1. Introduction

Coal workers’ pneumoconiosis (CWP), identified by pulmonary parenchyma fibrosis, is a chronic occupational lung disease caused by long-term inhalation of dust in the workplace [1]. Pathologic features of CWP involve focal collections of dust and reticulin around the small airways, fibrotic lesions exhibiting irregularly arranged collagen, and lesions of massive fibrosis [2,3]. Although prevention efforts have been required to implement for decades, CWP is still one of high incidence occupational diseases worldwide, especially in China [4]. Currently, periodic medical screenings for pneumoconiosis normally include chest radiography and spirometry. However, abnormal signs of both tests are often displayed in the late course of the underlying disease. Many workers could not get timely diagnoses and lost opportunities for prevention or treatment. Therefore, novel potential biomarkers for detecting CWP deserved more attention.
Long non-coding RNAs are types of transcripts that are greater than 200 nucleotides in length, can exert their biological functions by binding to RNA, DNA and protein, and often do not have the capability to coding proteins [5,6]. LncRNAs have recently been found to be involved in specific physiological and pathological processes in a wide range of human diseases, and can be stable in the plasma and other body fluids [7,8,9,10]. Therefore, lncRNAs could serve as biomarkers for the diagnosis and poor prognosis of human diseases, such as cancers and lung fibrosis [11,12,13]. For example, a high expression of lncRNA-ATB participated in the development of colorectal cancer (CRC) and was a novel indicator of poor prognosis in patients with CRC [14]. Low expression of lncRNA-ATB plays a critical role in pancreatic cancer progression and prognosis, and may serve as a potential prognostic biomarker in pancreatic cancer patients [15]. However, the study investigated the role of lncRNAs in CWP is limited.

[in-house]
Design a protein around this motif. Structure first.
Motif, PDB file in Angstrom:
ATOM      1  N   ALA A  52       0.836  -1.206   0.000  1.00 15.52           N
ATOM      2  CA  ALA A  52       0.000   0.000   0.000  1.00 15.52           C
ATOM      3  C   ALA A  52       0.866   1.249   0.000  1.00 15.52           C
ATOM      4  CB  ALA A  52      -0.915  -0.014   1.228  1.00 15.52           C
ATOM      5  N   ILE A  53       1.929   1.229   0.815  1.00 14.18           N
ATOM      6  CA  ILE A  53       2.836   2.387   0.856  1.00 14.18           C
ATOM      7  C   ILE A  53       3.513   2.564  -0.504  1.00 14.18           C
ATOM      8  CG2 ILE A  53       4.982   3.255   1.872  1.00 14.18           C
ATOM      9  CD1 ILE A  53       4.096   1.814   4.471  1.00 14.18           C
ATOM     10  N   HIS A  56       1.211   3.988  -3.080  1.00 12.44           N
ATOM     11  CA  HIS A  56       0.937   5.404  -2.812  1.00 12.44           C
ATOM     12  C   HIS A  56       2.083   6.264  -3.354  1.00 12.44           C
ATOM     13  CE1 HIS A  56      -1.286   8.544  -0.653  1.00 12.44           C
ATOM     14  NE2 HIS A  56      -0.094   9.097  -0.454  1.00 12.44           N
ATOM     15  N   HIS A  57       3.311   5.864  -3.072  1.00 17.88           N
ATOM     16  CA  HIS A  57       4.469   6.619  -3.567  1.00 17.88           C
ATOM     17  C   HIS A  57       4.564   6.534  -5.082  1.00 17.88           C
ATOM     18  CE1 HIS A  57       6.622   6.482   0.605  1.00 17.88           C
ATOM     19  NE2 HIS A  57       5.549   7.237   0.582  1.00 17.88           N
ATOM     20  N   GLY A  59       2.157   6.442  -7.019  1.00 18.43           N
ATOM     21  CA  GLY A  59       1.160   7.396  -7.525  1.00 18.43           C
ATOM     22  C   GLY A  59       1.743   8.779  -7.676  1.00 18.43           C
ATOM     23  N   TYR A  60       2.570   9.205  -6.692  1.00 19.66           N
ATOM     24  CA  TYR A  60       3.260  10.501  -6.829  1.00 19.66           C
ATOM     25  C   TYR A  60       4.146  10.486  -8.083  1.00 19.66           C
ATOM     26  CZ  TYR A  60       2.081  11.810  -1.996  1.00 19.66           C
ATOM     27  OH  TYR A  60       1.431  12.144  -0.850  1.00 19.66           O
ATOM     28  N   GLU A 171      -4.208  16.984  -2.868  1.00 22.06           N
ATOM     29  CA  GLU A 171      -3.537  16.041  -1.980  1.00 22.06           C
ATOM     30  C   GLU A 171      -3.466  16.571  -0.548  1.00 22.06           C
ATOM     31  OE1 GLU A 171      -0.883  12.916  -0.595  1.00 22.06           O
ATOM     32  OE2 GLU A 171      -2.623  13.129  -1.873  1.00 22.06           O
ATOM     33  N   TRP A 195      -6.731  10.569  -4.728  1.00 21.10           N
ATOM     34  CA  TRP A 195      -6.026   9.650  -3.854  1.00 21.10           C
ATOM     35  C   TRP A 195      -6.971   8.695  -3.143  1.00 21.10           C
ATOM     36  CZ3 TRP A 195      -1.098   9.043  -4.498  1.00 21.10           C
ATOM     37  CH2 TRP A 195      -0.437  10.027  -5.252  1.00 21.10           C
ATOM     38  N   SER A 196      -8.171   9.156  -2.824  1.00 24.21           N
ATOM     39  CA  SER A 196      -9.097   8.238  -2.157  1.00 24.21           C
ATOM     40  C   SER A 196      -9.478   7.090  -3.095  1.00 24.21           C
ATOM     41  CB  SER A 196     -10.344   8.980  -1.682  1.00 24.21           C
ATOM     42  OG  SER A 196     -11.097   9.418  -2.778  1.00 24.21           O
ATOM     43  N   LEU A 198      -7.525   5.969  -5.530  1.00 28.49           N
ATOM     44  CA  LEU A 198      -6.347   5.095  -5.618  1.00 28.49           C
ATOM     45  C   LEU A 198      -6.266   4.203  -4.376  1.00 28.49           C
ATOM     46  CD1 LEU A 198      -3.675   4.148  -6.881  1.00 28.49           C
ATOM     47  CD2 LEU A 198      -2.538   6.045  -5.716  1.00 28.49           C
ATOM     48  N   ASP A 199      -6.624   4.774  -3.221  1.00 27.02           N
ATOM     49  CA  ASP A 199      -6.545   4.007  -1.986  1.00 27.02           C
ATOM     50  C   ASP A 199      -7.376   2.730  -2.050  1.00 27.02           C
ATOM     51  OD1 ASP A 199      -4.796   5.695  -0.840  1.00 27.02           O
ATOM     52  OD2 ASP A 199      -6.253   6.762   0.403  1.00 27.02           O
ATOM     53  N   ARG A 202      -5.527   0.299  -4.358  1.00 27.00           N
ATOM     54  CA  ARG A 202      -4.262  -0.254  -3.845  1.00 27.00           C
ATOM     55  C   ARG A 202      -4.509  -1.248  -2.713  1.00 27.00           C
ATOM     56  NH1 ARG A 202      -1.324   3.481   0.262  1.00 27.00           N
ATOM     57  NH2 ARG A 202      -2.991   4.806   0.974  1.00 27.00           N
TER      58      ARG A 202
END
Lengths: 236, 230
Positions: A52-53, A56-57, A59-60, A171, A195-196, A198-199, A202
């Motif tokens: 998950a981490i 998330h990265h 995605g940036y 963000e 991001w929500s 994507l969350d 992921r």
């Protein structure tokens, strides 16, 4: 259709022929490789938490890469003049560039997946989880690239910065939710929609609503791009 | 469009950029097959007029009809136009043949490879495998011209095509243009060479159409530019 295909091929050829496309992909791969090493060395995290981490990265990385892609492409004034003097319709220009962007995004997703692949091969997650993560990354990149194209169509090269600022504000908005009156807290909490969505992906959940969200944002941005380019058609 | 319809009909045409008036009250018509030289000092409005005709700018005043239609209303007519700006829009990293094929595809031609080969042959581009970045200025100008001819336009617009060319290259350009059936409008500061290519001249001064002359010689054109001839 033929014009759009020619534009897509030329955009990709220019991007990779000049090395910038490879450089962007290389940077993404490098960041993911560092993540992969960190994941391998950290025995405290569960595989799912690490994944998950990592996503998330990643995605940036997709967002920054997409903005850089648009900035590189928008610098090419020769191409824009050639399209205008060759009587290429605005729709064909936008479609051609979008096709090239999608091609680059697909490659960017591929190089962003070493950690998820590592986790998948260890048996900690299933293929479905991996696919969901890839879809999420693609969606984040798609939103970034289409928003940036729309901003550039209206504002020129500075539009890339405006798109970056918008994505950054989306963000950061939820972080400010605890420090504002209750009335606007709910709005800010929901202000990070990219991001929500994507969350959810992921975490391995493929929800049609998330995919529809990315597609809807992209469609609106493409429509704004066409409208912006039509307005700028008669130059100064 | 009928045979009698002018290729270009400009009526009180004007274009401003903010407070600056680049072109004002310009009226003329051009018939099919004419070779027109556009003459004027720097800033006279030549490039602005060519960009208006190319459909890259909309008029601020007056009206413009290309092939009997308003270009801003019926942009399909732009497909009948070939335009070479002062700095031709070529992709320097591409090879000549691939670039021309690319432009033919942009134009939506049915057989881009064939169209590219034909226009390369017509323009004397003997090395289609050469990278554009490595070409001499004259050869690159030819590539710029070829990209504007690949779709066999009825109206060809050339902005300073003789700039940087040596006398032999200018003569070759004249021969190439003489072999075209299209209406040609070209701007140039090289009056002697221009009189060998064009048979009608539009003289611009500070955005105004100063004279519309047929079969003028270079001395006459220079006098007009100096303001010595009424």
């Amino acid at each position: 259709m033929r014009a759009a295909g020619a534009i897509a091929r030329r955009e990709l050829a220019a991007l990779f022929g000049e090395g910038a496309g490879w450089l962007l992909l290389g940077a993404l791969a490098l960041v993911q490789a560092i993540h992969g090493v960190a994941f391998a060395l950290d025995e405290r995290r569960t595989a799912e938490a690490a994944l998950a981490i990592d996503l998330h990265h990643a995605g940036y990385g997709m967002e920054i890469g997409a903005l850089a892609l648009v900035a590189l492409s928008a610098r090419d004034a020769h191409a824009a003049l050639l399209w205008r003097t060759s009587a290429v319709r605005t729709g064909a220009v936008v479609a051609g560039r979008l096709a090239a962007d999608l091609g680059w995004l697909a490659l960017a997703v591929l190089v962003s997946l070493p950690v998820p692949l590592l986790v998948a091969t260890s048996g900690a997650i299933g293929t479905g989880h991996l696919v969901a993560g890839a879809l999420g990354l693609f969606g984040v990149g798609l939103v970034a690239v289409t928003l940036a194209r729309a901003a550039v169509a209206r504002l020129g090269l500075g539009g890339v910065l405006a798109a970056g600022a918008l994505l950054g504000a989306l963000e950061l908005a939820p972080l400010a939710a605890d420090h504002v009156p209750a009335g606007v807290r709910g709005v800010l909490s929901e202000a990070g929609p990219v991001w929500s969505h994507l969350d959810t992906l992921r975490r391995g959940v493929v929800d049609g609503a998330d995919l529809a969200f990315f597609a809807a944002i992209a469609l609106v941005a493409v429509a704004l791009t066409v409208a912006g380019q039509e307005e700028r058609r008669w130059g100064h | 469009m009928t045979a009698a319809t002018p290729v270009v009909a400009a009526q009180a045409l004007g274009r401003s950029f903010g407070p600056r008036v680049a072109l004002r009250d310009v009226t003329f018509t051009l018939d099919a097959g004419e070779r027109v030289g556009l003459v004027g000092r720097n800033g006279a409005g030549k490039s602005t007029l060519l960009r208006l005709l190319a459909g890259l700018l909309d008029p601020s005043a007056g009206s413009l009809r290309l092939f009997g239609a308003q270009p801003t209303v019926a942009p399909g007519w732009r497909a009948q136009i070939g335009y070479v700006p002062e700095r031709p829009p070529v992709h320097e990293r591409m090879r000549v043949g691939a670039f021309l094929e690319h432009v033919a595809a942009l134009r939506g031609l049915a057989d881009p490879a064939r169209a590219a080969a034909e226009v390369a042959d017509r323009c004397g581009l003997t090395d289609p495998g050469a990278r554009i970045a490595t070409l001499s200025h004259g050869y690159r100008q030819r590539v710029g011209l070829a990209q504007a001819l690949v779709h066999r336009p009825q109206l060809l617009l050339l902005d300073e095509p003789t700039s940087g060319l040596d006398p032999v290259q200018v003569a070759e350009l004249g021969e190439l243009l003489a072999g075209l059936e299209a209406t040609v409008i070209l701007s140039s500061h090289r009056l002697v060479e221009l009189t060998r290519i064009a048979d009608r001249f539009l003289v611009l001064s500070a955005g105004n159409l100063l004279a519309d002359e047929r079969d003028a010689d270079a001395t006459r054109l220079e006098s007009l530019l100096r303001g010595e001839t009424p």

LncRNA-ATB, which was named lncRNA, was activated by transforming growth factor-β (TGF-β). LncRNA-ATB can induce epithelial-mesenchymal transition (EMT) and promote invasion via competitively binding and sequestering the miR-200 family in hepatocellular carcinoma (HCC) [16]. It is widely recognized that EMT regulated by TGF-β is considered a critical signaling pathway in organ fibrosis process [17,18,19,20]. In our previous study, we found that silica-induced fibrosis was regulated by EMT, which was activated by the upregulated TGF-β1 [21]. Moreover, a genome-wide analysis also showed that the miR-200 family was an aberrant expression in CWP [22]. However, the relationship between lncRNA-ATB and CWP remains unclear.
In this study, we hypothesize that lncRNA-ATB may play a potential role in CWP. A case-control study was designed to determine the expression of lncRNA-ATB in human plasma for groups with or without CWP. The objectives of this study were to investigate the association between lncRNA-ATB expression and CWP, and to assess the specificity and sensitivity of using plasma lncRNA-ATB as a potential diagnostic tool for detection of CWP.

2. Results

2.1. LncRNA-ATB Expression in the Plasma of All Participants